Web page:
Blending oil helps businesses: it drives up profits and keeps costs down. South Asia is no stranger to such rackets. In 2019, for instance, the Food Safety and Standards Authority of India (FSSAI) banned no fewer than 14 varieties of coconut oil in Kerala after the detection of various toxic substances. Kerala alone saw bans on 70 varieties in December 2018, 51 in June and 45 in May. Subsequent to these incidents, the FSSAI enacted a new method that could detect adulteration more quickly.

Make no mistake, the issues at stake here are serious. The World Health Organisation has in a paper published in 2018 outlined succinctly the dangers of Aflatoxin. One of the most potent carcinogens out there, it has been known to cause birth defects in children, weaken immunity, and raise the risk of liver cancer, not to mention acute poisoning. This belies another danger: the widespread use of carcinogens in food, and not just Aflatoxin. Given today is World Health Day, it would do well to reflect on the importance of strengthening regulatory institutions tasked with finding and seizing adulterated food.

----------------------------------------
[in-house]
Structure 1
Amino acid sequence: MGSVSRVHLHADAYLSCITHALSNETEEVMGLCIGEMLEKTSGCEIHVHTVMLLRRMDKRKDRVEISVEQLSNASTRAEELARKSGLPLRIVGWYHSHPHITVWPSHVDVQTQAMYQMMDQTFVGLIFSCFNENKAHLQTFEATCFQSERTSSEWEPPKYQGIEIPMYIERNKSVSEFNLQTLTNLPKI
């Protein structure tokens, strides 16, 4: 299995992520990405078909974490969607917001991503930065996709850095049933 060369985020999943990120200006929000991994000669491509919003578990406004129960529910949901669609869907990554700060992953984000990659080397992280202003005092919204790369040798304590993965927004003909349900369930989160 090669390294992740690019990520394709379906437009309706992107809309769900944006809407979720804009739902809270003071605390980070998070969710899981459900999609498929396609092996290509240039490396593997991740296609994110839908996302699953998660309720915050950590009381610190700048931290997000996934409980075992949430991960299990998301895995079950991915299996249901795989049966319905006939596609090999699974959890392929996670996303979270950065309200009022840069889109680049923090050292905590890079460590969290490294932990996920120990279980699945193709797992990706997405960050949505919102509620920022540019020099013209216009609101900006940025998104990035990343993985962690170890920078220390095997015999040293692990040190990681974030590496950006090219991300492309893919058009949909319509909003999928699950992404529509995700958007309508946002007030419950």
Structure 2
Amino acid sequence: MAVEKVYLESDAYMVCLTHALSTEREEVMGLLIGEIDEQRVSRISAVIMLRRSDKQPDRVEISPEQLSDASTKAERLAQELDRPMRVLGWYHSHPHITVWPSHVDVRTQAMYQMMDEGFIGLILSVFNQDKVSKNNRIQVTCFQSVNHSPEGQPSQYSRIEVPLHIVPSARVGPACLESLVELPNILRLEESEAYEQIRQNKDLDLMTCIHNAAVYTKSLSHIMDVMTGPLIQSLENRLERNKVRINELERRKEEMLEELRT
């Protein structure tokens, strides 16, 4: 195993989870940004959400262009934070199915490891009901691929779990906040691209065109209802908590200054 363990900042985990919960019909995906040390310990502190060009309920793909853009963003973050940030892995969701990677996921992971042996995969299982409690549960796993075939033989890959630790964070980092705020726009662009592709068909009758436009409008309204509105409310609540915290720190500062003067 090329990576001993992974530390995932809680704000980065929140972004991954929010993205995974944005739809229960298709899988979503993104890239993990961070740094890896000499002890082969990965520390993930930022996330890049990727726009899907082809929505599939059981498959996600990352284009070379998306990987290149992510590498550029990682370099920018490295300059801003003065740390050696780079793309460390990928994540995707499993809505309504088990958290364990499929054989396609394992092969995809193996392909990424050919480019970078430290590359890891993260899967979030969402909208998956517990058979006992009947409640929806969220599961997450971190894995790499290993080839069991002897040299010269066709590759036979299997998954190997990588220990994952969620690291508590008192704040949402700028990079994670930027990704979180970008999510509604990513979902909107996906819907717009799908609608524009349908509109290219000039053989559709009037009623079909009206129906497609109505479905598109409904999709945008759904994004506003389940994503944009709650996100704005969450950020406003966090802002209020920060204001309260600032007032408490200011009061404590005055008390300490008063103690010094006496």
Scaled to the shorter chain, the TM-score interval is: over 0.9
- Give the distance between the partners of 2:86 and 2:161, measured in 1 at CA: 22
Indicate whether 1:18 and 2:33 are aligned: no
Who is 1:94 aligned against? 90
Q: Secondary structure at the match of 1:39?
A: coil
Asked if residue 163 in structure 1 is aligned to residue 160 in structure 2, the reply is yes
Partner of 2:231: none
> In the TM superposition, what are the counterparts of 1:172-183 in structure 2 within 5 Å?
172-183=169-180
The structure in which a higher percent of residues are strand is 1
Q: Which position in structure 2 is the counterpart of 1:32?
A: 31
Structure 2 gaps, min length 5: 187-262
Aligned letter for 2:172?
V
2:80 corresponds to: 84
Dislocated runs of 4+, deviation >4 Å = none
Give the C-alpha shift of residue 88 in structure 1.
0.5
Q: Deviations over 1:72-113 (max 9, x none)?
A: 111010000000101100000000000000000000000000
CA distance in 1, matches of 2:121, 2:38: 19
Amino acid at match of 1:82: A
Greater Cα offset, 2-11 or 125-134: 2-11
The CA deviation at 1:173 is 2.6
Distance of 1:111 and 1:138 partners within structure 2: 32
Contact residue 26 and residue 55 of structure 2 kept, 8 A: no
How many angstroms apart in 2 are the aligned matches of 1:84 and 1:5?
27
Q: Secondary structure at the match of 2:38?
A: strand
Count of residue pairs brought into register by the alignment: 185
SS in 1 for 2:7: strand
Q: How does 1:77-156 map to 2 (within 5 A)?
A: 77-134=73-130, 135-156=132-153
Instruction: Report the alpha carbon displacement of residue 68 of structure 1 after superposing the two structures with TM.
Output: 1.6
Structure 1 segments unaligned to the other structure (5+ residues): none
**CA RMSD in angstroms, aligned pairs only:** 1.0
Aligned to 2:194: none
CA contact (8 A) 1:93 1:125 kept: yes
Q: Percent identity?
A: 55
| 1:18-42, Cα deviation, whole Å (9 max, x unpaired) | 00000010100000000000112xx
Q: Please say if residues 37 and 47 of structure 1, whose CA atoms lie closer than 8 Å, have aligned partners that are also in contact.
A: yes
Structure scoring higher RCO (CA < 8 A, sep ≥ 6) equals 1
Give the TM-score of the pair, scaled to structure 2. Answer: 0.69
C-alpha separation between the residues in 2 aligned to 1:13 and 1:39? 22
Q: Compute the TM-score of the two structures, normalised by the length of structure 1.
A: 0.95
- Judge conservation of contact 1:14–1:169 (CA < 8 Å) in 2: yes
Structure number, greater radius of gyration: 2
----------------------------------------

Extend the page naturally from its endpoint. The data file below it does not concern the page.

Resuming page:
India has a robust regulatory framework to deal with food imports and additives but this is not to say Sri Lanka lacks one. The Food Control Administrative Unit of the Ministry of Health lists down no fewer than 34 regulations in operation now. As always, the problem is one of execution and implementation. In that sense it is only fair to find fault with a regime that’s given the impression of taking things a little too slackly.

However, this is far from the whole story. Any assessment of what’s going on and what people can do to resolve it must centre on three points: the dominance of import rent seeking interests in the market, the step motherly treatment given to local manufacturers, and the ease at which import interests co-opt over successive governments.